“It’s something I’ve wanted to do since I was six years old,” says Nik Wallenda.
Given that he’s the seventh generation of the world-famous Wallendas, a family circus troupe performing since 1780, Wallenda’s dream of walking a tightrope across Niagara Falls, ON, makes a strange kind of sense. He will make his attempt on June 15, 2012.
However, it was a tough sell.
In February 2012, following lengthy negotiations, the Ontario Parks Commission reversed a 128-year ban on stunts to approve a one-time exemption. Such an event won’t be repeated soon – the Commission’s new ruling restricts such feats to once every 20 years.
The 33-year-old Wallenda, the self-proclaimed “King of the High Wire,” will realize his childhood ambition, making the 472 metre (1,550 foot) walk from Goat Island on the US side to Table Rock on the Canadian side on a 5 cm (2-inch) wire suspended 53 metres (173 feet) above the churning waters of Niagara Falls.
Although Wallenda has completed higher, longer tightrope walks, the Niagara Falls crossing will be his most challenging, fraught with hazards such as strong winds and mist.
To prepare, Wallenda is training on a 365-metre-long (1,200-foot) tightrope suspended across a parking lot adjacent to the Seneca Niagara Casino in Niagara Falls, NY, using wind machines and fire trucks to simulate the Falls’ conditions. The casino training sessions, held both morning and afternoon, are free and attract large crowds.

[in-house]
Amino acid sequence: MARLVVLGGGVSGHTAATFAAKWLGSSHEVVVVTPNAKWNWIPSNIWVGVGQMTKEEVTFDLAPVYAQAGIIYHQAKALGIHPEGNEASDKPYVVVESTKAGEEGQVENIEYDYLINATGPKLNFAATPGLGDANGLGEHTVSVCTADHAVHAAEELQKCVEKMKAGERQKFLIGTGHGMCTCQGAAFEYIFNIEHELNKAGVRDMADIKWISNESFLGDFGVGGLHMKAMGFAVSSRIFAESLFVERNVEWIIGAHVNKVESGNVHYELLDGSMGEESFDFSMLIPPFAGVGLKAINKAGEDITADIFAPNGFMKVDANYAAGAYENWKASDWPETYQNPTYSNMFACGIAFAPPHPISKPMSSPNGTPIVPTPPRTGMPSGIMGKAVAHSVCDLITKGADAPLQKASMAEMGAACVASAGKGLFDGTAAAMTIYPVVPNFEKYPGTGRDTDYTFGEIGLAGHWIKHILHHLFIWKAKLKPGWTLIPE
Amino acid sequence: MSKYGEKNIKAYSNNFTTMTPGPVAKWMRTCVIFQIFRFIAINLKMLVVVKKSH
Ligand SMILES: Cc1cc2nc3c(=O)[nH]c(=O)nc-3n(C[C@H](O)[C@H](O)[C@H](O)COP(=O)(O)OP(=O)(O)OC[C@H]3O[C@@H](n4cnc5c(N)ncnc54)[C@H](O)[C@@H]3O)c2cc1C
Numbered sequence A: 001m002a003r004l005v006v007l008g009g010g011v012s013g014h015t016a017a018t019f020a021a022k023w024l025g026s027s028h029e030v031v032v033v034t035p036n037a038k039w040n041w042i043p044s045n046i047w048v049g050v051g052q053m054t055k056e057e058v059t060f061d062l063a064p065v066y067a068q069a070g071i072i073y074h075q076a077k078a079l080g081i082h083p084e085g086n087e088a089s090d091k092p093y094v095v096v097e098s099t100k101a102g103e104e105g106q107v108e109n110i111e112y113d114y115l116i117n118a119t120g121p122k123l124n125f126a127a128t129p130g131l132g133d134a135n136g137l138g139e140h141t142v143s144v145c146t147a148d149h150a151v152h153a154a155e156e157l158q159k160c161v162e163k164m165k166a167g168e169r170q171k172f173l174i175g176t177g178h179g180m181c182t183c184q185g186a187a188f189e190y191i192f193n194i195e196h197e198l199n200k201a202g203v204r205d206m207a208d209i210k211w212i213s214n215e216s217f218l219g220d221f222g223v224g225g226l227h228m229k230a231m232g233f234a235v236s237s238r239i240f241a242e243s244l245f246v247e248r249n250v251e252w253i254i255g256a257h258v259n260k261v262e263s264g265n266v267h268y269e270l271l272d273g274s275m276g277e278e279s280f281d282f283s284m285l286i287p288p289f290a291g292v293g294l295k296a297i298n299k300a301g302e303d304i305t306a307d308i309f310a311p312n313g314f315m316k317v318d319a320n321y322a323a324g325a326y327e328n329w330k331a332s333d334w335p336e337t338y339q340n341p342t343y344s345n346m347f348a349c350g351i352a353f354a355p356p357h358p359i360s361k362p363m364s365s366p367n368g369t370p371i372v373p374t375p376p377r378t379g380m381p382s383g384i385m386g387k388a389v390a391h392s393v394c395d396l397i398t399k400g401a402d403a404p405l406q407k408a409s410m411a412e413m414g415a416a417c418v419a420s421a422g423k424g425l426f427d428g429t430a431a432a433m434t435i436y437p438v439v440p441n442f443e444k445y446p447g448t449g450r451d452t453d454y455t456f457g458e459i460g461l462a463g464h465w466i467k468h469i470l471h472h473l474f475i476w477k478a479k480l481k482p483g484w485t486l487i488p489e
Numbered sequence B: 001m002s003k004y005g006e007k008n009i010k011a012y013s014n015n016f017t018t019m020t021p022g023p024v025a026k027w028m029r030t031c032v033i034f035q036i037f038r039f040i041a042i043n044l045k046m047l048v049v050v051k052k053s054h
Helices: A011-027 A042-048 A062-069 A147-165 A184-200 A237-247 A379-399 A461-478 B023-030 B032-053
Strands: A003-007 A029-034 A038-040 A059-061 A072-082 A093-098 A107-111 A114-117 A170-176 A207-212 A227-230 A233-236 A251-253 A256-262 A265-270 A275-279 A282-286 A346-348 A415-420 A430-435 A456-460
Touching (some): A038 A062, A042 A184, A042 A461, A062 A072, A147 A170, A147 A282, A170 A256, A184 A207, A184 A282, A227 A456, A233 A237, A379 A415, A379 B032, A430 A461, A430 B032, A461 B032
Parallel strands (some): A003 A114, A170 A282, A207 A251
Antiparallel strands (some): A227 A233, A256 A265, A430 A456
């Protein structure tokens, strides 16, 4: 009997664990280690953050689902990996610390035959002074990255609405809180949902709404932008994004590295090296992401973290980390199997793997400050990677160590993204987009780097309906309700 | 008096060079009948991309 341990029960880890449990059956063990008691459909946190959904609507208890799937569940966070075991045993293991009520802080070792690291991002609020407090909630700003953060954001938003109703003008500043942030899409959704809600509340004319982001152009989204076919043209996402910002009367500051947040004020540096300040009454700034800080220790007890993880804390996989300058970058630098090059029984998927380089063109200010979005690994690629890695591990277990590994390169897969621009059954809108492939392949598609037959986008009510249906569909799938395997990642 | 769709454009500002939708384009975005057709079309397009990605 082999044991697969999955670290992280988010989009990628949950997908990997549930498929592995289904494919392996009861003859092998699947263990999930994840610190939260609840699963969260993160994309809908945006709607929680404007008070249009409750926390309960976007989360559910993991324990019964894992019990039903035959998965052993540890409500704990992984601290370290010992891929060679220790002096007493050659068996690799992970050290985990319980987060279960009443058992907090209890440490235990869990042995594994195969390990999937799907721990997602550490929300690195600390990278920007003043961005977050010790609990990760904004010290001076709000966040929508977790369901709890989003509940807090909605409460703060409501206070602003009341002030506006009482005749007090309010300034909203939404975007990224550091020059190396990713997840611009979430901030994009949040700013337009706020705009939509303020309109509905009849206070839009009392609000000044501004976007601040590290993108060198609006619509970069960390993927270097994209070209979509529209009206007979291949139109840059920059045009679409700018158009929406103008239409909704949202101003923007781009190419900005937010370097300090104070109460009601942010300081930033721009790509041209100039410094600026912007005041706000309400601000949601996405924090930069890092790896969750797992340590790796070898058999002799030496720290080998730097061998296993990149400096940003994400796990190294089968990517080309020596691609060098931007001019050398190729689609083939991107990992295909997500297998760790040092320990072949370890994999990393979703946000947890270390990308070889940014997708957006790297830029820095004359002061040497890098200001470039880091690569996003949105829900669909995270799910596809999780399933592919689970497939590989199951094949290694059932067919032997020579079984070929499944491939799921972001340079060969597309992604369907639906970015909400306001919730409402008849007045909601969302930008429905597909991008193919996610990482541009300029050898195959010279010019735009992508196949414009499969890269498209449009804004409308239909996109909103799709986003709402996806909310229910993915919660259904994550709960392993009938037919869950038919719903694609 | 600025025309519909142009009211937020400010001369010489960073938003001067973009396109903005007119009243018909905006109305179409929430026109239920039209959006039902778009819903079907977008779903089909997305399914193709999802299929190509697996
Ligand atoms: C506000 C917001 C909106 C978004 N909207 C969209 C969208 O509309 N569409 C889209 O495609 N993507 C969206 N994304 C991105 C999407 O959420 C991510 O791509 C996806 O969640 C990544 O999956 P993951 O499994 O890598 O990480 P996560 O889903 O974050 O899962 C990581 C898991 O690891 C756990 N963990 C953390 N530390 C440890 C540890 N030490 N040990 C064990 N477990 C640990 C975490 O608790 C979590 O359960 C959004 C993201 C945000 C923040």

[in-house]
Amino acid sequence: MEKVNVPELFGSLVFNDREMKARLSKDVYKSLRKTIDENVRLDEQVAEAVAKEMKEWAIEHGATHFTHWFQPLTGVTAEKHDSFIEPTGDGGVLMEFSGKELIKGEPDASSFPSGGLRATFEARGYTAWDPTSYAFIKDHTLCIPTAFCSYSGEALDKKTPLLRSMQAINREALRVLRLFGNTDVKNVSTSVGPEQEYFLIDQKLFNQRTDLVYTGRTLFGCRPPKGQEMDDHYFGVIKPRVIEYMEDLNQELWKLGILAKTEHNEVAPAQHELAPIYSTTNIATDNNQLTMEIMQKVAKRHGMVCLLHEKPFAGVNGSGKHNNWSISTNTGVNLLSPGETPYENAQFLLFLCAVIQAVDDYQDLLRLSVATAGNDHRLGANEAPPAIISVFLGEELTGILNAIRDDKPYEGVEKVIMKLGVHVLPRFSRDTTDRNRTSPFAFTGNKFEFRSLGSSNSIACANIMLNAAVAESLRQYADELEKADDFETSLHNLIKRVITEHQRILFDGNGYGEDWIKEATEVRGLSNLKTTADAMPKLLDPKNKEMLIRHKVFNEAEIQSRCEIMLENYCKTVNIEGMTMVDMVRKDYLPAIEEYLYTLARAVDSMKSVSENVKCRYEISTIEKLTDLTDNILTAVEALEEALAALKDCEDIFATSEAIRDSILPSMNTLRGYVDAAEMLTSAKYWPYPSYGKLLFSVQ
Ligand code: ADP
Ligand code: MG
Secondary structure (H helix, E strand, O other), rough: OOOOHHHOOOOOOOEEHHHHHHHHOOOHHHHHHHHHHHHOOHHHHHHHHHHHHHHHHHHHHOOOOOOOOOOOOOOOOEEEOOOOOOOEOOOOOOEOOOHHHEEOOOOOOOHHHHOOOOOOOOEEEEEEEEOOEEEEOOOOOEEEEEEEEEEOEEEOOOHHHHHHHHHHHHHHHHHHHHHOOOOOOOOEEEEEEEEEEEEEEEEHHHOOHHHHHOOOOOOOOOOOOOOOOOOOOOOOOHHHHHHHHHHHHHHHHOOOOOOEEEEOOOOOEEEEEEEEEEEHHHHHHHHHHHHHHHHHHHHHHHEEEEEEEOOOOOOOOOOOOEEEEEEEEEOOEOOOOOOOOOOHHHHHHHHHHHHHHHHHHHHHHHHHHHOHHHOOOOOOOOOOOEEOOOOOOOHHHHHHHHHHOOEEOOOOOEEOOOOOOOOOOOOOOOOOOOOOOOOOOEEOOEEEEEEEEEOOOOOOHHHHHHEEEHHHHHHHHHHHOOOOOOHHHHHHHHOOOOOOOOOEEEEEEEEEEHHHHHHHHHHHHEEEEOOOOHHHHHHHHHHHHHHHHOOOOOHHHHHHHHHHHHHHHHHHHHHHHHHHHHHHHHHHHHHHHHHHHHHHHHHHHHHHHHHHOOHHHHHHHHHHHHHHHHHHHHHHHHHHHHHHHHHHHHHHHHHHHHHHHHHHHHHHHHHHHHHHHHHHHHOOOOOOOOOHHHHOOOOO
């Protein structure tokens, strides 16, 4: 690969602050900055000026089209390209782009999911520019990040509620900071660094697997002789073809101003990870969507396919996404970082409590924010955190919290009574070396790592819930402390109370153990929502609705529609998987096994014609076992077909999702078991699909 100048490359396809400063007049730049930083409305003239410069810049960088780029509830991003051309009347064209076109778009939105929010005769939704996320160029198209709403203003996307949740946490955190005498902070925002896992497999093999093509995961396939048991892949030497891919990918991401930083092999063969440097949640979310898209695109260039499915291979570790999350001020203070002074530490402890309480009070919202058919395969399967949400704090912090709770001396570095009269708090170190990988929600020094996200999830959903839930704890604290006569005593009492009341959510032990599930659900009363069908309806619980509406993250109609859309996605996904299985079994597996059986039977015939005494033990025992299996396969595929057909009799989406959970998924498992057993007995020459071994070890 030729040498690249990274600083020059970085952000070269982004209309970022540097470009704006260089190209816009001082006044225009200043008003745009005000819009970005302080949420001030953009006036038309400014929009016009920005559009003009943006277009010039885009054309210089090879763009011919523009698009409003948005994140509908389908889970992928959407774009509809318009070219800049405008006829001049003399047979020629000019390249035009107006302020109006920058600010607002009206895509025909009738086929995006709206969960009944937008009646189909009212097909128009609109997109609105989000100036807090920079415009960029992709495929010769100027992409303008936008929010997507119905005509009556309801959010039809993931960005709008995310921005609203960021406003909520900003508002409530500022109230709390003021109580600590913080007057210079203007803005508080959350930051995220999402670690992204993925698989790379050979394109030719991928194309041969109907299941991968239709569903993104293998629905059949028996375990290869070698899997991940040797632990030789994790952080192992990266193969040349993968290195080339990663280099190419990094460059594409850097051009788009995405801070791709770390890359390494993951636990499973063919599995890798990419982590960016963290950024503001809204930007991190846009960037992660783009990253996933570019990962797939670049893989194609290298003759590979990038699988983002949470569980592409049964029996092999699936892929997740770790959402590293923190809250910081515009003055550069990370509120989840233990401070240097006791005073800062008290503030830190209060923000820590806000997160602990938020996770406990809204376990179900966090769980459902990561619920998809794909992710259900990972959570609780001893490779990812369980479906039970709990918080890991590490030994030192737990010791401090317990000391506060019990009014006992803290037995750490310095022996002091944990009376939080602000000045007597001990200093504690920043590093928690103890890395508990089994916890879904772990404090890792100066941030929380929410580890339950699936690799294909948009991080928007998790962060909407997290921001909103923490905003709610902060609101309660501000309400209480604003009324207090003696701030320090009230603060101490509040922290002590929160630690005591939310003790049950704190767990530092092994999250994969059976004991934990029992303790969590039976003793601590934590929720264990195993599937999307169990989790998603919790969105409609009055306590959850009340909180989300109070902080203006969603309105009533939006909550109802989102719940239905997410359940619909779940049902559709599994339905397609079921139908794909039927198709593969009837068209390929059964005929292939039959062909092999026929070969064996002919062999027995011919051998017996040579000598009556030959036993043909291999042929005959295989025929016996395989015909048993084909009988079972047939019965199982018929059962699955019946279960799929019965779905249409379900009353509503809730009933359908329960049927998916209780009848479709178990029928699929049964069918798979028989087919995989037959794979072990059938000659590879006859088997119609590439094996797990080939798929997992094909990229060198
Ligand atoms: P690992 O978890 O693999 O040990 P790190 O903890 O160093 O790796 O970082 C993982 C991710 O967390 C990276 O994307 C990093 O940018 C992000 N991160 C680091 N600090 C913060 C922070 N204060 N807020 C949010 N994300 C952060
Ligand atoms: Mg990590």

Other tightrope walkers have traversed the Niagara Gorge at lower heights – most notably the Great Blondin who, in 1859, made the crossing and paused to ride a bicycle, cook an omelet and do a backward somersault en route. The youngest to complete the feat was James Hardy, 21, while Maria Spelterina was both the only woman funambulist (tightrope walker) to cross and the only one to wear peach baskets on her feet.
Despite displaying great courage and daring, none of the other tightrope walkers ever walked directly over the Falls themselves, so on June 15 that distinction will belong to Nik Wallenda alone.
Enormous crowds are expected to gather on both sides of the Canadian/US border to witness the crossing. Those who can’t be at Niagara Falls for the event can watch a three-hour ABC special on stunting that will culminate in the live airing of Wallenda’s walk.
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